Even if businesses received loans due to COVID-19 woes, there is still a window of opportunity to receive a credit per employee that was kept on staff during the pandemic. Employee retention credit (ERC) is a refundable federal tax credit that was designed to encourage employers to keep employees on payroll during the pandemic. Although this service was only available for tax years 2020 and 2021, many businesses are still eligible to file for credit. In fact, if your business suffered from the COVID-19 pandemic, you may still qualify for employee retention credit up to $26,000 per employee.

The Employee Retention Credit program was developed to help businesses in a multitude of ways as they navigated the difficulties of the pandemic. ERC was able to help organizations recover from the economic shutdown caused by COVID, and make up for lost revenue. It also aimed to help retain employees and continue business operations as usual during hard times. Not all businesses qualify for ERC, however, many do and do not even realize the benefits that they are missing out on. 

A business may fit one or many of the criteria needed to file for ERC benefits. One of the main deciding factors is whether or not the business experienced a true decrease in revenue due to the pandemic. This decline is characterized by a significant decline in 2020, and a general decline in 2021. ERC is also qualified for and claimed on a quarterly basis, comparing each quarter’s gross receipts to those of pre-pandemic operations in 2019. Another factor that affects ERC eligibility is where in the world the organization is operating. Regardless of size, to qualify for employee retention credit, a business must be operating in the US. This includes but is not limited to, colleges and universities, retail, industrial, non profits, and other important industries.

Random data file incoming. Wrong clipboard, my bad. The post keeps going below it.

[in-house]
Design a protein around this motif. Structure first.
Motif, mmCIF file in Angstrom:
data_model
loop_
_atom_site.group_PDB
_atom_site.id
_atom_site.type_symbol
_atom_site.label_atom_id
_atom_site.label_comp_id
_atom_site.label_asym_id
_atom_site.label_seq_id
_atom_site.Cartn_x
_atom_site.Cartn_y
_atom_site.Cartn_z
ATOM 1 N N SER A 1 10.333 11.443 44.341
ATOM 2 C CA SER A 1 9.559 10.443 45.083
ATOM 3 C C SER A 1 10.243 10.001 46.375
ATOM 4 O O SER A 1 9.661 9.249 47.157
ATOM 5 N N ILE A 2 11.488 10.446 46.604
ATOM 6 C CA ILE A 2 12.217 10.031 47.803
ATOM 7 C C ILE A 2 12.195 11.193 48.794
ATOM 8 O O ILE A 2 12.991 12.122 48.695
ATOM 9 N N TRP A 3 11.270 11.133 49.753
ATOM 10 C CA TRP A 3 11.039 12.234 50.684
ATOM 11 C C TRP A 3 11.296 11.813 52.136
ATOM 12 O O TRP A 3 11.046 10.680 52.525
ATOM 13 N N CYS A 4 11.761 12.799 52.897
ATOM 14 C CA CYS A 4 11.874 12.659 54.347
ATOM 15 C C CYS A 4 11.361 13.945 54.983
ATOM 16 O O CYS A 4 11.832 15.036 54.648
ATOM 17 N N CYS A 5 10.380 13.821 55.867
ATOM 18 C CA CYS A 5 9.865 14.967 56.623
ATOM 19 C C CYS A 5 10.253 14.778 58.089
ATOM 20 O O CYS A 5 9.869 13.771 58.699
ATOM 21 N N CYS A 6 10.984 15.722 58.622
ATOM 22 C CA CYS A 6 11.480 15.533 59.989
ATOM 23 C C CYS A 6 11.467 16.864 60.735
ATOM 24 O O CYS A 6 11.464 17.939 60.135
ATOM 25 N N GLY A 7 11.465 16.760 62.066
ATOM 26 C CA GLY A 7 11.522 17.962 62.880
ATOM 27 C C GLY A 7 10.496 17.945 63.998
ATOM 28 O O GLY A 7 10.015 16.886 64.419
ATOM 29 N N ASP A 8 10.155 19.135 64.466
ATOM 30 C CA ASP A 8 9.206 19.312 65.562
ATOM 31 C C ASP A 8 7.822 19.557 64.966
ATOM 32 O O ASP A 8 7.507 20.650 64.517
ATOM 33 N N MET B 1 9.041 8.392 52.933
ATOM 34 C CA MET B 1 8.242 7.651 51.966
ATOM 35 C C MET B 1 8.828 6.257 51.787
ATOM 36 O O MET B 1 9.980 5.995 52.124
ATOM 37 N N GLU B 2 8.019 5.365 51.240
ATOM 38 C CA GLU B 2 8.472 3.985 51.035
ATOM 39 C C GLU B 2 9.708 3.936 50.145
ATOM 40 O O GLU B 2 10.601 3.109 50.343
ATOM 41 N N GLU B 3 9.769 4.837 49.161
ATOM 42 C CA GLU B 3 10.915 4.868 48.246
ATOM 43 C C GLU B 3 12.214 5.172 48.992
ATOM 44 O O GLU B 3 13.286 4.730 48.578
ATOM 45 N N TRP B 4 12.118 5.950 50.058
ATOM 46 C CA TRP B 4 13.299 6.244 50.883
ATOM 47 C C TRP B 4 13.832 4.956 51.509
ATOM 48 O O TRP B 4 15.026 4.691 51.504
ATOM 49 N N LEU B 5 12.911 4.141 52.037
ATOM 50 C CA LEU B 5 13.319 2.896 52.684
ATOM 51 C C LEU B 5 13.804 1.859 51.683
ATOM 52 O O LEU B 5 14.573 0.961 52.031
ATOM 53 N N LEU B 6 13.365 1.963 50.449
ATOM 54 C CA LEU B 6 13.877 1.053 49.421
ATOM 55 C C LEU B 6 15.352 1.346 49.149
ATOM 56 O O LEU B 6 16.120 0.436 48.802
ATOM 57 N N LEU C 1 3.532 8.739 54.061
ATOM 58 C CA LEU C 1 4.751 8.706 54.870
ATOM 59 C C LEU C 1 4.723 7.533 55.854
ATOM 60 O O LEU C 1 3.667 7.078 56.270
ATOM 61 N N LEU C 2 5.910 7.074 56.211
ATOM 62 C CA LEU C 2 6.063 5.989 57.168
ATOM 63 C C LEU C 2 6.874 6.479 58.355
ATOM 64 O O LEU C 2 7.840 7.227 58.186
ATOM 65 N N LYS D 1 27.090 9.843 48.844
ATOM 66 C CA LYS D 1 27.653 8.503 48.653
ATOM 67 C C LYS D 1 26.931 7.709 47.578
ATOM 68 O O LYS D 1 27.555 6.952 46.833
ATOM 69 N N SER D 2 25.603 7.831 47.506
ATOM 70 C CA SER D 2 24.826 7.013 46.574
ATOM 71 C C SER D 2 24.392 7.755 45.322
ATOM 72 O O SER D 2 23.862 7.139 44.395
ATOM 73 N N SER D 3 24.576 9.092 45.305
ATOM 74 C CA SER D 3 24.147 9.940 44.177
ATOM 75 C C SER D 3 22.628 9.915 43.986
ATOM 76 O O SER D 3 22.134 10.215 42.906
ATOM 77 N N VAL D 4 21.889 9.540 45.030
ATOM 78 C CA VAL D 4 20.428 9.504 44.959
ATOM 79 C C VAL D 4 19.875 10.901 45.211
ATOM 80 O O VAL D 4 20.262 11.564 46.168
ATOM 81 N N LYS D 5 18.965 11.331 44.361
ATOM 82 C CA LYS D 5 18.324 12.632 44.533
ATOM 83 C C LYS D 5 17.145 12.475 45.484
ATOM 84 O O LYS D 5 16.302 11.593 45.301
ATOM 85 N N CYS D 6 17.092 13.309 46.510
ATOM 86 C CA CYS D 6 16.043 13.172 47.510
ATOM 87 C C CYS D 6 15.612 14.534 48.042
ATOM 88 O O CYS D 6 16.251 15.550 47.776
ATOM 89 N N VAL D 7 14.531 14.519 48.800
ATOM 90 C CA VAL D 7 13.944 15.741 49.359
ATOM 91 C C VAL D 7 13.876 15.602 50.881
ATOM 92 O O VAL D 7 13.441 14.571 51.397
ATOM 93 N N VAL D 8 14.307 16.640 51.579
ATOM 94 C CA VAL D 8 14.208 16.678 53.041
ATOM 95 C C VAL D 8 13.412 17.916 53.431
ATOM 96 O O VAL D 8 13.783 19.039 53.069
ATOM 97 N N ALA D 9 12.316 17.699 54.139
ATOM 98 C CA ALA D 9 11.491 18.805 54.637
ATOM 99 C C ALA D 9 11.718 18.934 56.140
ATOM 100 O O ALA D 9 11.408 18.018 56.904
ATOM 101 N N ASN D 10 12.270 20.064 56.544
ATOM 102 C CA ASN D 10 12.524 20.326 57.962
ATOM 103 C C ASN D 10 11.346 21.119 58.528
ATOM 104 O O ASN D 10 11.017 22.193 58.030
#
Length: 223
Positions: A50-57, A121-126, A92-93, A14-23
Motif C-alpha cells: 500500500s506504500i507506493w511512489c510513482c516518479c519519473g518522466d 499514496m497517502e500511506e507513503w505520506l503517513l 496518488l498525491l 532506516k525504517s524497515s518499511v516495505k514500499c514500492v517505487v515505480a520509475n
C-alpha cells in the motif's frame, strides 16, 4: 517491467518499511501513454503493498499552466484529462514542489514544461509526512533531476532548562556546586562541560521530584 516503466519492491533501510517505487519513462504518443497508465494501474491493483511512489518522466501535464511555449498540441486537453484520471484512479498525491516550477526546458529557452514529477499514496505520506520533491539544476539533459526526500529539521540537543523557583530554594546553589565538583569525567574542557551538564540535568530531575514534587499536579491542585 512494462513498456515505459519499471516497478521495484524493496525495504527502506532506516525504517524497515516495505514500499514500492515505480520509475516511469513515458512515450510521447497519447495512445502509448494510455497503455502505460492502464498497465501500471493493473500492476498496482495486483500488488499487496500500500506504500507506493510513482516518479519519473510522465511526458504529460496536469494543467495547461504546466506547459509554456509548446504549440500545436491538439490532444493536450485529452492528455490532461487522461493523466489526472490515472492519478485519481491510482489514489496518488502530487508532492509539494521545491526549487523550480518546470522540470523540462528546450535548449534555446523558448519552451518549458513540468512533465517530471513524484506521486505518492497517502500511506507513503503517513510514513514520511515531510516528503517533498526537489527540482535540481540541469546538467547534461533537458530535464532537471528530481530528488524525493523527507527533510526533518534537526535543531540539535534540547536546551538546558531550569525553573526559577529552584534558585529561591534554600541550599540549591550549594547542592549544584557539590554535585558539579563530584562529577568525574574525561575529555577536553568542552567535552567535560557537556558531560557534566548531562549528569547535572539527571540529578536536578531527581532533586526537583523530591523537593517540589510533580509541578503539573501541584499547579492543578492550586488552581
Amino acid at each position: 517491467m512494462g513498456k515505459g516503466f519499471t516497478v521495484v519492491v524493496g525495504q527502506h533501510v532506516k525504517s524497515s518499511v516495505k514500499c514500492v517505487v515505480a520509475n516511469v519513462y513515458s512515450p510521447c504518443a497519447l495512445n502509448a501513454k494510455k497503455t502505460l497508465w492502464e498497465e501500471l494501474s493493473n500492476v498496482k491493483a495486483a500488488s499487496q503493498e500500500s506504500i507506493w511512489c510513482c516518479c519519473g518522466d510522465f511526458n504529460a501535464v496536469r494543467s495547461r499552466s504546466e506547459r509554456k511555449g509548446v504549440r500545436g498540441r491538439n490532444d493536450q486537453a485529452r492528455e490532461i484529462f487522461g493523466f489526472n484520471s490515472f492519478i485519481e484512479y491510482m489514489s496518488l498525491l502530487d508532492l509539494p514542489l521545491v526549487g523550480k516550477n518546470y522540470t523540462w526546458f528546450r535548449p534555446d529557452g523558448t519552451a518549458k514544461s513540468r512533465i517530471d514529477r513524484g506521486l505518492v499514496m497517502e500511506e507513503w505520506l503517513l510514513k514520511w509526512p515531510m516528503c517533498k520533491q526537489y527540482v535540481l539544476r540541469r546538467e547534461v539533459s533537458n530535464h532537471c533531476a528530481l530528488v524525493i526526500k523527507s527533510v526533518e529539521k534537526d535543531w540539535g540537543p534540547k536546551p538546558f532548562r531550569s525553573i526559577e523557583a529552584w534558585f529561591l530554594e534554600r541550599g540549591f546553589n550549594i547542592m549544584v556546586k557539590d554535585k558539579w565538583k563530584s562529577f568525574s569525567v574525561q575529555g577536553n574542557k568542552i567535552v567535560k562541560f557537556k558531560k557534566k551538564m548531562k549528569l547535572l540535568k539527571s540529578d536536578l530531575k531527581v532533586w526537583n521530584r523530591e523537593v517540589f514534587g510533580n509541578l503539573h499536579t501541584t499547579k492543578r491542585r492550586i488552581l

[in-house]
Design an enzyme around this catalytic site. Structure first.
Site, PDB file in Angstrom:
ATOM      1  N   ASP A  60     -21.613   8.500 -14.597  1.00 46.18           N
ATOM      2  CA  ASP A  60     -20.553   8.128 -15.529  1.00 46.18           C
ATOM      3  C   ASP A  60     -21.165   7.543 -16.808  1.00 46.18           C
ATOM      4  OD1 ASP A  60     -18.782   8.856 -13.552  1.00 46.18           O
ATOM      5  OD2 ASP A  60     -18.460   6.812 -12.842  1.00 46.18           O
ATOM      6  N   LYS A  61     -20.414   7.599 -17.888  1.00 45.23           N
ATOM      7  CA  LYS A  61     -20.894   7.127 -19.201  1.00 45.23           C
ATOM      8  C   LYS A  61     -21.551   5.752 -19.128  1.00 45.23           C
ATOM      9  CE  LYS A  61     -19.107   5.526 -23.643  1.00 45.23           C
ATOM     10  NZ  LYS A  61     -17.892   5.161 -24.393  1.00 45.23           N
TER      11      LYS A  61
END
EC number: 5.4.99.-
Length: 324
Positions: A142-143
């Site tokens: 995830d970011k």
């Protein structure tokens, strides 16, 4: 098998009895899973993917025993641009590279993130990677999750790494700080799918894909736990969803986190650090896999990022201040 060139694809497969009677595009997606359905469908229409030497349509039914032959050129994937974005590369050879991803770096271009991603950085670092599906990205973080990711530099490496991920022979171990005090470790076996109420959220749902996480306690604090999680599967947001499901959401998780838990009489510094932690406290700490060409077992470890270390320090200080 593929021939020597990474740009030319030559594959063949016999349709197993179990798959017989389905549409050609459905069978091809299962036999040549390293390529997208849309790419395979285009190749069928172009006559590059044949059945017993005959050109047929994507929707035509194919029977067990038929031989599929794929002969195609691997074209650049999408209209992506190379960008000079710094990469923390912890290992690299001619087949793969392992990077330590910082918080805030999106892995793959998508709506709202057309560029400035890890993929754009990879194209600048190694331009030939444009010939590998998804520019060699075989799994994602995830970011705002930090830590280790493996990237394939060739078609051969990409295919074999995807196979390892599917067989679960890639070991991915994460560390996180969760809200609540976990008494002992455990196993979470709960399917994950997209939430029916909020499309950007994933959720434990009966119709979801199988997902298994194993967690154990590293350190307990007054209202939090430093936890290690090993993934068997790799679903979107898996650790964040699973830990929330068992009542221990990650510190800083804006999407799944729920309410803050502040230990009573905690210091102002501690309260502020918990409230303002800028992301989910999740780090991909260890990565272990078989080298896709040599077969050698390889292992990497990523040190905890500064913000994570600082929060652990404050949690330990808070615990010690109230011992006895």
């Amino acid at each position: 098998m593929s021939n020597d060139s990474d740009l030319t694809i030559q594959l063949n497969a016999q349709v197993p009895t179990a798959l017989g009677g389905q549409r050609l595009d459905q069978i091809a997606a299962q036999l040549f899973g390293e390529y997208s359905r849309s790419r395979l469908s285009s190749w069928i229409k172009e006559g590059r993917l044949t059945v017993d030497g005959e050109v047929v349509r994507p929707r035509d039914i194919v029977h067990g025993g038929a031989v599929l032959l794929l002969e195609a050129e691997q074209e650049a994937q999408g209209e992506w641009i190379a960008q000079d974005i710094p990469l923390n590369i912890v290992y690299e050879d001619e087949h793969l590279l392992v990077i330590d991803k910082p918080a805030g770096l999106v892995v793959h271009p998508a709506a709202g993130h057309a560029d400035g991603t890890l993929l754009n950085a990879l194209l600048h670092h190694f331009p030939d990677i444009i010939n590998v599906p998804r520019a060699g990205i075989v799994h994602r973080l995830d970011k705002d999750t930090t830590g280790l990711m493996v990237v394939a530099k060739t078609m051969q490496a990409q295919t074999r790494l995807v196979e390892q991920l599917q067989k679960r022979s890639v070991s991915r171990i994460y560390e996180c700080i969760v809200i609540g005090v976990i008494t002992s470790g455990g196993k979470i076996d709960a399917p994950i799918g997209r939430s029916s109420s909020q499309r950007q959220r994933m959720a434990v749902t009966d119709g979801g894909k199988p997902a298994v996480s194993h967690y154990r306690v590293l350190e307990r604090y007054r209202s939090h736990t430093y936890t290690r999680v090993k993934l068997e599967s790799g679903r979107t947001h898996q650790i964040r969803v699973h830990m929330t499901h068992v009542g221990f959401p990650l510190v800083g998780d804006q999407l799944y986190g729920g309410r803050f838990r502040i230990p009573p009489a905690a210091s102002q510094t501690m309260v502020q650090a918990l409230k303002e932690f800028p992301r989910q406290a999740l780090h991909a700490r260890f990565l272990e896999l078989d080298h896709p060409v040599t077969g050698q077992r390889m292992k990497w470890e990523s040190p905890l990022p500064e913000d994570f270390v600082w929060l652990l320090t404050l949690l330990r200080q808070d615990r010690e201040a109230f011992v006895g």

Experiencing a full or partial suspension from government authorities that changed business operations is also a factor that goes into ERC eligibility. If an organization experienced limited business hours, shut downs in the supply chain, or any form of reduced operations, it has a high likelihood of qualifying for credit. Finally, being recognized as a recovery startup business in the third or fourth quarter of 2021 helps to boost ERC eligibility. 

It is important to keep in mind that employee retention credit requires qualifying wages. This means that credit amounts are based on whether an employer had more or less than 100 or 500 average full-time employees in 2019. These numbers are then used to determine the final eligibility of the company for credit. 

It is not beyond most financial experts that filing for ERC can be taxing and confusing. It is because of this that many professionals are dedicating their skills and services to ensuring that businesses know how to reap these benefits that they deserve. With aid on everything from consultations, to document uploads, to payroll and pandemic impact reviews, there are experts at every turn there to assist businesses with this process. More highly trained teams of attorneys and CPAs are emerging now more than ever to ensure that no business fights for their money alone.

What Is Employee Retention Credit?

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